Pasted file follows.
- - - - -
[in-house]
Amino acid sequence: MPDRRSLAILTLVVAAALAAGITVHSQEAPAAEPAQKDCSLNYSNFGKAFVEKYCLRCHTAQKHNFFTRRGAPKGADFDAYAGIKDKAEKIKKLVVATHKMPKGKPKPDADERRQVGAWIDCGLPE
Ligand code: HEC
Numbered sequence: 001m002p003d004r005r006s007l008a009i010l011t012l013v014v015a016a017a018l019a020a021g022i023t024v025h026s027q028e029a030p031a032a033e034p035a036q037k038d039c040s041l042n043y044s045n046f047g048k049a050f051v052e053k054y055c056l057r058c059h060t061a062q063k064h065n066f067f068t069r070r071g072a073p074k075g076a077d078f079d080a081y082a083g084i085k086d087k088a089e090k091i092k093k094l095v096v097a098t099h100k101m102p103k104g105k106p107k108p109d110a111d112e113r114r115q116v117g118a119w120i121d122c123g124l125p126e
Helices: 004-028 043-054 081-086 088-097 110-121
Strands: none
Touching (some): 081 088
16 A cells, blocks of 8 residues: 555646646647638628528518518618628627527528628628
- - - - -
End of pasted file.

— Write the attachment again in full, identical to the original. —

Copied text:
[in-house]
Amino acid sequence: MPDRRSLAILTLVVAAALAAGITVHSQEAPAAEPAQKDCSLNYSNFGKAFVEKYCLRCHTAQKHNFFTRRGAPKGADFDAYAGIKDKAEKIKKLVVATHKMPKGKPKPDADERRQVGAWIDCGLPE
Ligand code: HEC
Numbered sequence: 001m002p003d004r005r006s007l008a009i010l011t012l013v014v015a016a017a018l019a020a021g022i023t024v025h026s027q028e029a030p031a032a033e034p035a036q037k038d039c040s041l042n043y044s045n046f047g048k049a050f051v052e053k054y055c056l057r058c059h060t061a062q063k064h065n066f067f068t069r070r071g072a073p074k075g076a077d078f079d080a081y082a083g084i085k086d087k088a089e090k091i092k093k094l095v096v097a098t099h100k101m102p103k104g105k106p107k108p109d110a111d112e113r114r115q116v117g118a119w120i121d122c123g124l125p126e
Helices: 004-028 043-054 081-086 088-097 110-121
Strands: none
Touching (some): 081 088
16 A cells, blocks of 8 residues: 555646646647638628528518518618628627527528628628